Tuesday, 21 June 2011

My wedding memories go up in smoke

For at least half a century, the guiding principle of my life has been thinking: “What could possibly go wrong?”

But my light is clearly dimming now. Because it never occurred to me, until I pitched up for my Trolleybus Driving Experience last week, that it would have a power pedal worked with the left foot. This created something of a challenge as I have driven automatic cars for decades, and come to regard my left leg as a completely useless appendage when behind the wheel.

The result was a certain jerkiness in the ride which I thought might at least have kept my passengers awake and on their toes (or their backs, if they were rash enough to stand up). However, my son managed to sleep soundly in his mother’s arms throughout. Daddy driving a trolleybus seems unlikely to feature strongly in his early memory bank.

Another thing I never foresaw, though it seems obvious with the benefit of hindsight, was the desirability of formulating a watertight Plan B in case a disgruntled bridegroom took it into his head to burn down my wedding venue shortly before the event.

Peckforton Castle ablaze
My fiancée and I originally planned a civil ceremony at Peckforton Castle in Cheshire, part of which went up in smoke at the weekend, but were luckily upgraded to a religious service in the parish church through the spirited and spiritual intervention of Rick, the splendid vicar.

Of course, when we made that arrangement we did not know that Peckforton boasted a trained barn owl that could swoop down to deliver the rings, Harry Potter style, at the high point of the ceremony. If only we could have combined that with the 1662 Prayer Book and three rousing hymns, our happiness would have been truly complete.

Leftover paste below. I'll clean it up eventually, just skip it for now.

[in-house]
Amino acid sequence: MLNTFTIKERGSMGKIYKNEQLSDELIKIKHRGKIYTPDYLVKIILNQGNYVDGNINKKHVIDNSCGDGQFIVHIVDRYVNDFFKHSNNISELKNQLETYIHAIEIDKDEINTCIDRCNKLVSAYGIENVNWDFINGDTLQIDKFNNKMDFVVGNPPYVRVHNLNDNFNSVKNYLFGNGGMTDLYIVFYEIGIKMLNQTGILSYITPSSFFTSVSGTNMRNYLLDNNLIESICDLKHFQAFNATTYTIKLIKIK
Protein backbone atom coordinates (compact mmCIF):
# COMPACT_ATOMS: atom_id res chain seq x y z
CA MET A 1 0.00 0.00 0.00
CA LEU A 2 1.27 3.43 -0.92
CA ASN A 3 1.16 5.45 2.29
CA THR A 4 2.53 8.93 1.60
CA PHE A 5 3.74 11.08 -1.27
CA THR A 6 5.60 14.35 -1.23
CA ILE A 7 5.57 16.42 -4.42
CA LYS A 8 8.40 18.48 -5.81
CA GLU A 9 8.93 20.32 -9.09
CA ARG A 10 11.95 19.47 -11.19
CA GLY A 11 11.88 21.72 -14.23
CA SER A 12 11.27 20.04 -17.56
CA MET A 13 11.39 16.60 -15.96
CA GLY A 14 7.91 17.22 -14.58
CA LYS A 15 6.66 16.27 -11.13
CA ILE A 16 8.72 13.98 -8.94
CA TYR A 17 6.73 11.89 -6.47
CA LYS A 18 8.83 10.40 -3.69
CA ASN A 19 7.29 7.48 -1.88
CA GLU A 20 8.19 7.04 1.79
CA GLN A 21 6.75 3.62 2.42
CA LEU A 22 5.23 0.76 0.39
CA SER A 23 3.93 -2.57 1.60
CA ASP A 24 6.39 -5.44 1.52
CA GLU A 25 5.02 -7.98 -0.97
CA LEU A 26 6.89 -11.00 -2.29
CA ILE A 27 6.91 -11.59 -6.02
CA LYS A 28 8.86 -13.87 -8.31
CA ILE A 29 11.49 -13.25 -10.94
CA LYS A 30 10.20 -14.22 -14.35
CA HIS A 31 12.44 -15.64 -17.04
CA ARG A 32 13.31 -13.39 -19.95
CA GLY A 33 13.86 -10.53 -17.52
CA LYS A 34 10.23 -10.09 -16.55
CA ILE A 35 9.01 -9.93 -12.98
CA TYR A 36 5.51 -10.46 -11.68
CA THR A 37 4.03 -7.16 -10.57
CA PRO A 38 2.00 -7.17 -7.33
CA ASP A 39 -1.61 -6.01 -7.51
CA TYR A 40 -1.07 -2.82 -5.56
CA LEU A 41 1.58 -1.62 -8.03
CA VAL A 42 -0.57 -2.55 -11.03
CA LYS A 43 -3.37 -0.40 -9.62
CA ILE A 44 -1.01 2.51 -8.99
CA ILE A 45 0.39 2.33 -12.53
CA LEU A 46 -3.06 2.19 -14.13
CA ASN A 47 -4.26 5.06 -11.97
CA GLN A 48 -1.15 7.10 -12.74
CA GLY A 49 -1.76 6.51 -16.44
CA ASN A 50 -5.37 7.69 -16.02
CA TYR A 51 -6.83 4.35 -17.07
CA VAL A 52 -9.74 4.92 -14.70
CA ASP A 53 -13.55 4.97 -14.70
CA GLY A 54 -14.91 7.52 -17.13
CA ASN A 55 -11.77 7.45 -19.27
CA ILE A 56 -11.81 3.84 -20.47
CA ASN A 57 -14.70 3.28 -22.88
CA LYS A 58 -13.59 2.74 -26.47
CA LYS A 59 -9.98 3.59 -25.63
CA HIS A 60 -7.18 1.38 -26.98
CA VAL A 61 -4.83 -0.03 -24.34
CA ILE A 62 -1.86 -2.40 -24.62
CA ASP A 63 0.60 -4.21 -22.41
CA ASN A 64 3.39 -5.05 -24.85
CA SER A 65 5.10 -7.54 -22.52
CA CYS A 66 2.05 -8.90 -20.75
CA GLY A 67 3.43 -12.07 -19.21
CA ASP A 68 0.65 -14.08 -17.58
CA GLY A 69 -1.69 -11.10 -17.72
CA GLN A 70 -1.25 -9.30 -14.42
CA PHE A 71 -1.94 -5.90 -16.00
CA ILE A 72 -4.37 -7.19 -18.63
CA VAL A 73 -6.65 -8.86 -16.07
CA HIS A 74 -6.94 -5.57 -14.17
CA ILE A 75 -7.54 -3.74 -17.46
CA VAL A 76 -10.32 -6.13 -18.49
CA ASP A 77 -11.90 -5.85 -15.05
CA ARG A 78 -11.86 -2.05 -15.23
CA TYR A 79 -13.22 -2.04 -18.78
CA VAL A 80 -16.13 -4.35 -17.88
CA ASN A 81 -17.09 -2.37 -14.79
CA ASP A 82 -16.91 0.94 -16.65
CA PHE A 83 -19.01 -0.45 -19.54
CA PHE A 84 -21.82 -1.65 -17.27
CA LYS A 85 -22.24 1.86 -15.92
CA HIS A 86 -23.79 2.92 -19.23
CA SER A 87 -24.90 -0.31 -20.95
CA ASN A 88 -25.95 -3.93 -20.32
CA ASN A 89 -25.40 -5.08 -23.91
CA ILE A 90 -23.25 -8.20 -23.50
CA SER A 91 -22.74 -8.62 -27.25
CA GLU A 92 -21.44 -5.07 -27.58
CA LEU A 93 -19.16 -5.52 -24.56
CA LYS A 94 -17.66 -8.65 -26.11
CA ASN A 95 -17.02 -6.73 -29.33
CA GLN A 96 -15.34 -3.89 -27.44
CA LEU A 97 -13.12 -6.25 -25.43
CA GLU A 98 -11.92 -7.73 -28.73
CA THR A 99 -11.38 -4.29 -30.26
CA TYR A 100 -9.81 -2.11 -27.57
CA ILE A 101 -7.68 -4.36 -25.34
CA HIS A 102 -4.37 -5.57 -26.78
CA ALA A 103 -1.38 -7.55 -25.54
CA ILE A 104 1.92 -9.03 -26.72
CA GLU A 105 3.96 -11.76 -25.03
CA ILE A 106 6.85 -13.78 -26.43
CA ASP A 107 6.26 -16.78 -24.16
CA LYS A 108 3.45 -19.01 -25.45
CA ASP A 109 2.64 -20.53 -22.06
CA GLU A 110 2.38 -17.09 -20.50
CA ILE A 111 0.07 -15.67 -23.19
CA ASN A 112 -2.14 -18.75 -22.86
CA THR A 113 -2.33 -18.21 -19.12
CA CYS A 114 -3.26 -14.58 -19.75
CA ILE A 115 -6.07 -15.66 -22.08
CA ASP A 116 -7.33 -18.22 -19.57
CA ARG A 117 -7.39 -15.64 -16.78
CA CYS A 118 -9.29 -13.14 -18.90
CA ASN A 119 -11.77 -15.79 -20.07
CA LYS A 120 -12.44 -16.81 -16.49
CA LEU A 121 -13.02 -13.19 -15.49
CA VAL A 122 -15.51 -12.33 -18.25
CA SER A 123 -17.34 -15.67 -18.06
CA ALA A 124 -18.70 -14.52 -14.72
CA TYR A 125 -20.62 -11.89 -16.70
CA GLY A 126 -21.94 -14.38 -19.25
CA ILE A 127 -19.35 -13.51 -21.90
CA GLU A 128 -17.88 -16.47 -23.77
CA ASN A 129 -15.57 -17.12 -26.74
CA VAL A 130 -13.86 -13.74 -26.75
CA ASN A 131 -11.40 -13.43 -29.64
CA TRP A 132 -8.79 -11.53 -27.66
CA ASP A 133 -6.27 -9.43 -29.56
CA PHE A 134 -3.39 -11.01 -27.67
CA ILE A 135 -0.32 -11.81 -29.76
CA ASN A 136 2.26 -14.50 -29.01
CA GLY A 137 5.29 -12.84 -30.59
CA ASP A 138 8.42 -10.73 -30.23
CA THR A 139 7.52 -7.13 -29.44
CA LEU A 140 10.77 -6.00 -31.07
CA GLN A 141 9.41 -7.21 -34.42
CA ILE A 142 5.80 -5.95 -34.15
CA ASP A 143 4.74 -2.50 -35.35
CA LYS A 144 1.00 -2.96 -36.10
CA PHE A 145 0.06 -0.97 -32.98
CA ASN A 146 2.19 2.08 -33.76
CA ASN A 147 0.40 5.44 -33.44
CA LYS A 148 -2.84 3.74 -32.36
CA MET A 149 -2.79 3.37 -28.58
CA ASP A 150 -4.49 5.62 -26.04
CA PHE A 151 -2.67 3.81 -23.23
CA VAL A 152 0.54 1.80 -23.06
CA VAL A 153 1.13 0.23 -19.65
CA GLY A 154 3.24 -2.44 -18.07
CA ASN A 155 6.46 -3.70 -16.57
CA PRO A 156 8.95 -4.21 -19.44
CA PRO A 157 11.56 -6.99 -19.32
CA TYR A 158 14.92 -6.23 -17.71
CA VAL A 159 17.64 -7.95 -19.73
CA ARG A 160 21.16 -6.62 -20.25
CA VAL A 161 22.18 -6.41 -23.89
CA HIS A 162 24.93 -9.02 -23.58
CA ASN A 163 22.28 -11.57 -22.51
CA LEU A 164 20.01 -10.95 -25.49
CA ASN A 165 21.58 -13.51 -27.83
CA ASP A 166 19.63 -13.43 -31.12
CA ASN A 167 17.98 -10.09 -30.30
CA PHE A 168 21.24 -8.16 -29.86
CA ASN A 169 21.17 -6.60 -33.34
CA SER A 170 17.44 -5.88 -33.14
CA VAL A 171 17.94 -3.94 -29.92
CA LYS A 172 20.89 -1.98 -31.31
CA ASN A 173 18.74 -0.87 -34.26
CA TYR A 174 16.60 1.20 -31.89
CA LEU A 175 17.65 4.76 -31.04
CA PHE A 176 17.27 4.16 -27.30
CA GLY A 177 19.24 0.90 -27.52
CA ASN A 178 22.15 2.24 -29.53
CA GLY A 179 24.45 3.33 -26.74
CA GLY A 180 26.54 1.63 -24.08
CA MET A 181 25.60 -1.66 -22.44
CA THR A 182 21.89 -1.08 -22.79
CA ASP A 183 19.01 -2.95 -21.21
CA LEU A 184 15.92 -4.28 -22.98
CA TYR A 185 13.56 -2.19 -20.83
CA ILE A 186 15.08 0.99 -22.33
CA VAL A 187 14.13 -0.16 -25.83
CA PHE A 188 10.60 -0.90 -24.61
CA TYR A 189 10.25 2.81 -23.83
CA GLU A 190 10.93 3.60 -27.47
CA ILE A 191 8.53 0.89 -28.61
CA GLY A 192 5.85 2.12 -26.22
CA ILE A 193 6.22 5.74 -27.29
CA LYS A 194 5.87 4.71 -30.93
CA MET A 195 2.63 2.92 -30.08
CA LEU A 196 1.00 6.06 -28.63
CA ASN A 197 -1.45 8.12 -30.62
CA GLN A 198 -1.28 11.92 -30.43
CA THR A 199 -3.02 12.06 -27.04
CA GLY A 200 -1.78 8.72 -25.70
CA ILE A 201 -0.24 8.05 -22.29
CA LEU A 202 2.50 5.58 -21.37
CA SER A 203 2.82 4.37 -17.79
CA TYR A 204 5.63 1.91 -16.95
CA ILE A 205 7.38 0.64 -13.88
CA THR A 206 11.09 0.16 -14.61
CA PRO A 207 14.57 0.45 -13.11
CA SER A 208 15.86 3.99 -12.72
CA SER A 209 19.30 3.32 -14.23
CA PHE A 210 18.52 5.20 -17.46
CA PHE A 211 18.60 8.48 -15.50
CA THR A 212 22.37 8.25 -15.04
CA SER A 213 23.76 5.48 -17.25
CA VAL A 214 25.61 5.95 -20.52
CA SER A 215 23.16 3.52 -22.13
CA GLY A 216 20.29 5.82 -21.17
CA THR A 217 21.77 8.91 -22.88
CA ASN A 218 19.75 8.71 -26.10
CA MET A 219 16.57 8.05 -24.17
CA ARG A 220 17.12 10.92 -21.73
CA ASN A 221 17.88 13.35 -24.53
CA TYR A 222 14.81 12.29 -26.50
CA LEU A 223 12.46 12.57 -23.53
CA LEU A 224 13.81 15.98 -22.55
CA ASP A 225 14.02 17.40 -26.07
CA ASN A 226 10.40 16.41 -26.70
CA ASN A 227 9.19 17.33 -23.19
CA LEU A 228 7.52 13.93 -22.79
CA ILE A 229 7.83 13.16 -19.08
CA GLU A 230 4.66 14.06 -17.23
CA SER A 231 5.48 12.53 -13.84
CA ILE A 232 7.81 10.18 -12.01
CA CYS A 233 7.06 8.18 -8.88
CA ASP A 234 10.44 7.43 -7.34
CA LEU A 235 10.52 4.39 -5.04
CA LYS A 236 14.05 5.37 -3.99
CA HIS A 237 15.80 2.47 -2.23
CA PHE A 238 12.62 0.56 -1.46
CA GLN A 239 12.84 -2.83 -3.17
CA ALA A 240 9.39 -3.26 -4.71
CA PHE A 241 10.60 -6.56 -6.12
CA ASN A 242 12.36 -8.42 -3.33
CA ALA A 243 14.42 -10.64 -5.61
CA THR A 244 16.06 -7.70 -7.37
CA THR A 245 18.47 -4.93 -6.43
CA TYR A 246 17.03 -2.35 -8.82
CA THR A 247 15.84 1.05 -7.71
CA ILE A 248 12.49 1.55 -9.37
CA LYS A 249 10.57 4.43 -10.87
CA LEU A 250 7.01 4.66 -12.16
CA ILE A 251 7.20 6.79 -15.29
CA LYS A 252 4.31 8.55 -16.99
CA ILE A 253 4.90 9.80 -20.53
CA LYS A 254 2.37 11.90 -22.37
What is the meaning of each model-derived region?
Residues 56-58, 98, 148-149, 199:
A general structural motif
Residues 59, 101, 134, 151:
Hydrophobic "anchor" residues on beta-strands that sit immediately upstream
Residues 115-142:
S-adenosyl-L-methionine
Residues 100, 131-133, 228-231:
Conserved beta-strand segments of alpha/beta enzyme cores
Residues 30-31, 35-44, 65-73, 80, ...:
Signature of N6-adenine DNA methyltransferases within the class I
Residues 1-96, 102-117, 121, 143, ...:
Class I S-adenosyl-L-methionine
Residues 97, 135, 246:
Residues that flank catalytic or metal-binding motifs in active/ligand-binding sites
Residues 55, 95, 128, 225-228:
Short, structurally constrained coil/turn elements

As it was on our wedding day, February 2009

As it was, we had a glorious reception in the Drawing Room of the Castle, apparently the seat of Sunday’s fire, and spent our wedding night in the now collapsed bridal suite above. It seems slightly surreal to read that rooms so firmly fixed in our long term memories have simply gone.

The Drawing Room awaiting our wedding guests

We organised our wedding quite quickly – because you cannot hang around at my age – and were only able to hold it at Peckforton owing to a late cancellation. Without such a stroke of luck, it is hard to understand how anyone manages anything other than a long engagement, given that every decent wedding venue is booked up literally years in advance.

Knowing how much work goes into planning, my heart went out to those who must have been panicking about the need to find somewhere else to host their big day, until the glad news came through that, in true Blitz spirit, Peckforton would be keeping calm and carrying on.

Continuing to think positive, those at the wedding party on Saturday all had a night to remember (as they called the original film about the sinking of the Titanic) and no humans or owls were injured in the conflagration. Though with the groom helping police with their enquiries, the honeymoon presumably did not get off to the smoothest possible start.

Apparently it all started with a dispute about the bill. The interesting thing is that I distinctly remember having to pay for our wedding in full six weeks before it happened, so there was not much scope for argument on the day. I assumed that this was standard practice, but am now wondering whether they did an internet search that exposed my long history of broken engagements, and decided that it was not worth taking a chance. Even the bride wondered until the very last minute whether I would actually turn up.

Which pleased me, because it showed that both the hotel and my new wife were following that very sound policy of thinking: “What could possibly go wrong?”

Originally published in The Journal, Newcastle upon Tyne.

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